By Lenzy Krehbiel-Burton
TULSA, Okla. (Reuters) - An Oklahoma judge on Tuesday ordered a grand jury investigation into the Tulsa County Sheriff’s Office, which has been under scrutiny since a white reserve sheriff's deputy fatally shot a black suspect in April.
Judge Rebecca Nightingale issued the order after an activist group submitted a petition aimed at compelling a grand jury investigation into Sheriff Stanley Glanz and his department.
The judge ruled that the petition complied with state laws and rejected a request for dismissal from Glanz, who argued the signatures were collected on "homemade forms."
A community civil rights group called "We the People Oklahoma" submitted the petition on June 19 with more than 8,800 signatures calling for the probe into Glanz and the sheriff’s office.
Under Oklahoma law, if at least 5,000 of those signing the petition are verified as registered voters, a judge can summon prospective members of a grand jury within 30 days.
The request stems from allegations of special treatment, questionable reserve officer training and falsified records made in the aftermath of the April 2 death of Eric Harris, the group said.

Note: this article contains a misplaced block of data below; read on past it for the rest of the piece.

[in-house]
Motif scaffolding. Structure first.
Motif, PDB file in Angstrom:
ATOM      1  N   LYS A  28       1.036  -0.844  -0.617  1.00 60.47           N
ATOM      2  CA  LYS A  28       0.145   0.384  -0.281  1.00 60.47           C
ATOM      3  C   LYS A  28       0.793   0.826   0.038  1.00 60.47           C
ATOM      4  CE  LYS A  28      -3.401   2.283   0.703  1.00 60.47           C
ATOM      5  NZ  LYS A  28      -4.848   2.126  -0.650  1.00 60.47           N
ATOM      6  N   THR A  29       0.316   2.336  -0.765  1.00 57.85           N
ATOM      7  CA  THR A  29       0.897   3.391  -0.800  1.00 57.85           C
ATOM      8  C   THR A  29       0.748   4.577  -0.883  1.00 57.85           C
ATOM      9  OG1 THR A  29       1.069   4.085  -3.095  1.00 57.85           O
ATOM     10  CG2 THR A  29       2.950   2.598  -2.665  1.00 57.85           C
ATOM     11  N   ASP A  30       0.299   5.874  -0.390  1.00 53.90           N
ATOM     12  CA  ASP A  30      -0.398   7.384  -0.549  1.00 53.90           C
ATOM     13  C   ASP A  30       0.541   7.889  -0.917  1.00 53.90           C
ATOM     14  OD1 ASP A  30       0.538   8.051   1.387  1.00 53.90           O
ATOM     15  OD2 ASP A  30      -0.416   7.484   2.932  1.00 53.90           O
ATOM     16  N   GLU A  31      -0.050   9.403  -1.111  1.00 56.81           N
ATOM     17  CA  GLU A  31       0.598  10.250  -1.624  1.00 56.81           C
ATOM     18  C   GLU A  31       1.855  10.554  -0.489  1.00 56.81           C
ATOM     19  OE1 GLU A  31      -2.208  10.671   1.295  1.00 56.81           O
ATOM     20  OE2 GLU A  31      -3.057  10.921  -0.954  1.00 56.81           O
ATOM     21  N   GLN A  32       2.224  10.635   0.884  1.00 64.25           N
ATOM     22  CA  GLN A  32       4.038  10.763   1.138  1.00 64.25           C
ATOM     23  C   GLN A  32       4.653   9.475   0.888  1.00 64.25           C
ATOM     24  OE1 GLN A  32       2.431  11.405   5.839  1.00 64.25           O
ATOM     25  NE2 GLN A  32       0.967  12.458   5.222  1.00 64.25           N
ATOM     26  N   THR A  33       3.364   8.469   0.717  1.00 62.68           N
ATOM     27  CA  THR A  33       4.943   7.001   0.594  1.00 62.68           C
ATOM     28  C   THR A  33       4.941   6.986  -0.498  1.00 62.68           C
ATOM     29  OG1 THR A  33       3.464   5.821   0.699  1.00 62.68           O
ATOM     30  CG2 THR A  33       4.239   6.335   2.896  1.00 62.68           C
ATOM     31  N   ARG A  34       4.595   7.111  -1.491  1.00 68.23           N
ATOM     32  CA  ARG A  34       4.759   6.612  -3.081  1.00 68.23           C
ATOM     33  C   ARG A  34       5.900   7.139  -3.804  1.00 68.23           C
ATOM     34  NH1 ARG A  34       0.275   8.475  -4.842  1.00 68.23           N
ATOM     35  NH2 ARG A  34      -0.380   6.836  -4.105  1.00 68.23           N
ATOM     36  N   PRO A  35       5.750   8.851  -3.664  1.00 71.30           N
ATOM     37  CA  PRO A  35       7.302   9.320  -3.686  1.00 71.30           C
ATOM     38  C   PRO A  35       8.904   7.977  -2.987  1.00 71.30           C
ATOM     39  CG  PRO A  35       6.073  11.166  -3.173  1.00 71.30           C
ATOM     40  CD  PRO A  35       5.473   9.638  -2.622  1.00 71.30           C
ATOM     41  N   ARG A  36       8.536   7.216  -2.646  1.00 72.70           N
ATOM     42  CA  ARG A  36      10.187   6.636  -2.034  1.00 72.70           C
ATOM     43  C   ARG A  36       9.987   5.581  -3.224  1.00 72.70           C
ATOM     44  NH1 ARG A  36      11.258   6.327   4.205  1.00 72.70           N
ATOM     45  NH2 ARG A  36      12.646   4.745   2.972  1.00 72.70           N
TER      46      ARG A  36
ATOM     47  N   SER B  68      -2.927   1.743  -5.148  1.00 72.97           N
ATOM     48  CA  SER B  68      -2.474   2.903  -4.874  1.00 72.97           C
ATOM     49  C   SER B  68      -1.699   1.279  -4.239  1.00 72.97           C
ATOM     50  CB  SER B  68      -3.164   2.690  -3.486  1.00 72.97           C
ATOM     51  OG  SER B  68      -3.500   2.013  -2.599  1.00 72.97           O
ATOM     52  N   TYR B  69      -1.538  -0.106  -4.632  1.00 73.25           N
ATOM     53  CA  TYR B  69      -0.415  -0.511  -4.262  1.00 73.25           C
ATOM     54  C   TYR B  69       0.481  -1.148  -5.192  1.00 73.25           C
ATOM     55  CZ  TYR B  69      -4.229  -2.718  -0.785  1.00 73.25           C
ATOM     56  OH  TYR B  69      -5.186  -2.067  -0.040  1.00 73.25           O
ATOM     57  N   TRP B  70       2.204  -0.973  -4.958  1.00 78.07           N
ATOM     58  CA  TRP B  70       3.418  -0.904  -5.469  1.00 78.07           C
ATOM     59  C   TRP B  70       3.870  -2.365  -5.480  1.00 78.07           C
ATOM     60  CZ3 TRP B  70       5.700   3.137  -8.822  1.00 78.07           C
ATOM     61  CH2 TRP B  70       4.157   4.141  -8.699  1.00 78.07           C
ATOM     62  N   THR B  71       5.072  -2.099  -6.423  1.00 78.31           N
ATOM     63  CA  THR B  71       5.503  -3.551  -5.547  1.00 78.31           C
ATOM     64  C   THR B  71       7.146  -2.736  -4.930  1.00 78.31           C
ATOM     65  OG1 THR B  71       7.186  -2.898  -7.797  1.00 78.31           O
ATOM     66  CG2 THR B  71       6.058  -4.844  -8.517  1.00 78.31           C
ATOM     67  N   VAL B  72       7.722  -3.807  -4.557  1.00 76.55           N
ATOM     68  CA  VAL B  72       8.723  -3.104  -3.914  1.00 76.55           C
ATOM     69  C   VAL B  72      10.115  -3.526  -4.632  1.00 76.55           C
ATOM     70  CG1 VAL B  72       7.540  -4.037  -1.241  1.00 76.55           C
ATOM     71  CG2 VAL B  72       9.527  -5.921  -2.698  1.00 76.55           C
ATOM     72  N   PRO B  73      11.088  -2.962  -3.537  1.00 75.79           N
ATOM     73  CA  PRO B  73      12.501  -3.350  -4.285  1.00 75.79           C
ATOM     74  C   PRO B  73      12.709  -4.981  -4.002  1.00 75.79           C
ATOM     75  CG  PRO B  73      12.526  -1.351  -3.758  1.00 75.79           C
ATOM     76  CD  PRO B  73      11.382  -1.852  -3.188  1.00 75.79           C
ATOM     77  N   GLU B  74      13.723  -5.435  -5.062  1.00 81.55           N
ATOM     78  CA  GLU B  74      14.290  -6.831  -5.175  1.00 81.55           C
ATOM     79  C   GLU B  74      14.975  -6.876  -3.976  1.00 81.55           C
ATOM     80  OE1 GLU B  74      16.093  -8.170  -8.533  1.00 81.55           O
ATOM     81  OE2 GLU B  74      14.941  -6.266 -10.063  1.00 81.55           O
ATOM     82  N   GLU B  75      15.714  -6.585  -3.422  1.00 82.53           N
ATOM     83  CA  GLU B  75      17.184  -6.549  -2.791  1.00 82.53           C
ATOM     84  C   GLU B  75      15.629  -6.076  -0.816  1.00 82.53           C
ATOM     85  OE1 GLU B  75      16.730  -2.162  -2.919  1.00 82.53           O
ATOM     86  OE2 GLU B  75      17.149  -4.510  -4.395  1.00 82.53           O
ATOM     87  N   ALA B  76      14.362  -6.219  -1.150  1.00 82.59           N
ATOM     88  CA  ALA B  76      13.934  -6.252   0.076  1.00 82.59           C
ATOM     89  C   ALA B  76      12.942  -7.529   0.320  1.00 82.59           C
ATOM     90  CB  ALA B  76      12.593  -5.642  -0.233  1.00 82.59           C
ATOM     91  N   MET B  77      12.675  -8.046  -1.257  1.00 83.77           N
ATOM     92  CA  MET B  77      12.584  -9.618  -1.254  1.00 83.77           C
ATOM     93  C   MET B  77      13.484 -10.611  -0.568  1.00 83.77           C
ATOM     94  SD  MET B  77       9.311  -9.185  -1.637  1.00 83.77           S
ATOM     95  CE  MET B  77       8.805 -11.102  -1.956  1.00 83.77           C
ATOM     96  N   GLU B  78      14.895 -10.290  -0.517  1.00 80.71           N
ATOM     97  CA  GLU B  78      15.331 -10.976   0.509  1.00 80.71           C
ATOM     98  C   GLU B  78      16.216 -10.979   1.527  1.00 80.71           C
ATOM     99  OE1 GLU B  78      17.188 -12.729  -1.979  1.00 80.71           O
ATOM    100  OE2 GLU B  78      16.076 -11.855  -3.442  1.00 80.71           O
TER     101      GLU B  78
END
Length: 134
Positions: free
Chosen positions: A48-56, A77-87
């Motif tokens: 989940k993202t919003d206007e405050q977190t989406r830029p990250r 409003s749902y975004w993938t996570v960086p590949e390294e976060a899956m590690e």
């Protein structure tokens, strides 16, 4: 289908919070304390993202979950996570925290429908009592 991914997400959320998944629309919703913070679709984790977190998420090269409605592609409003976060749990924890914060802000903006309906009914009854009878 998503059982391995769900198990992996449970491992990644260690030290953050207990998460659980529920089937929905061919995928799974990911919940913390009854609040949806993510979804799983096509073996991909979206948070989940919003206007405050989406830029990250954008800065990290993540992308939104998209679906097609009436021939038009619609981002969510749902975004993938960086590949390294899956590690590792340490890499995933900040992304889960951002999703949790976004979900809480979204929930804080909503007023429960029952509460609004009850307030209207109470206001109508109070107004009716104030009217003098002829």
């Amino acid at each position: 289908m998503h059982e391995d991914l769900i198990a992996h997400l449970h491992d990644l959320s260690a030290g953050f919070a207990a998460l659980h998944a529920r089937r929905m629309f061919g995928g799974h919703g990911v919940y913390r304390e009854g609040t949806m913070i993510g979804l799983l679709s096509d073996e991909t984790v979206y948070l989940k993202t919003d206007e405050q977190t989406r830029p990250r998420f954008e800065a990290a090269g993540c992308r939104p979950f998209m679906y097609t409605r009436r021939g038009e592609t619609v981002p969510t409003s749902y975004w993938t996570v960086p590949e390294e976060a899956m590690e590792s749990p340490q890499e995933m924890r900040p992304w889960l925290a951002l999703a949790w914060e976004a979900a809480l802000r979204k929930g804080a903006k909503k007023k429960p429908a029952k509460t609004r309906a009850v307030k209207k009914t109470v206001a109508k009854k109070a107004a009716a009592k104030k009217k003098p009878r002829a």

The department has denied the allegations.
Robert Bates, a 73-year-old reserve deputy, has been charged with second-degree manslaughter for shooting Harris, 44. Bates thought he was using a Taser instead of his gun, the Tulsa sheriff's office said of the incident that was videotaped and shown in the media.
The case was one of many in recent months that raised questions about the role of race in U.S. policing.
The Tulsa County Sheriff's Office is also under investigation by the Oklahoma State Bureau of Investigation, which is looking into possible misconduct.
(Editing by Jon Herskovitz and Peter Cooney)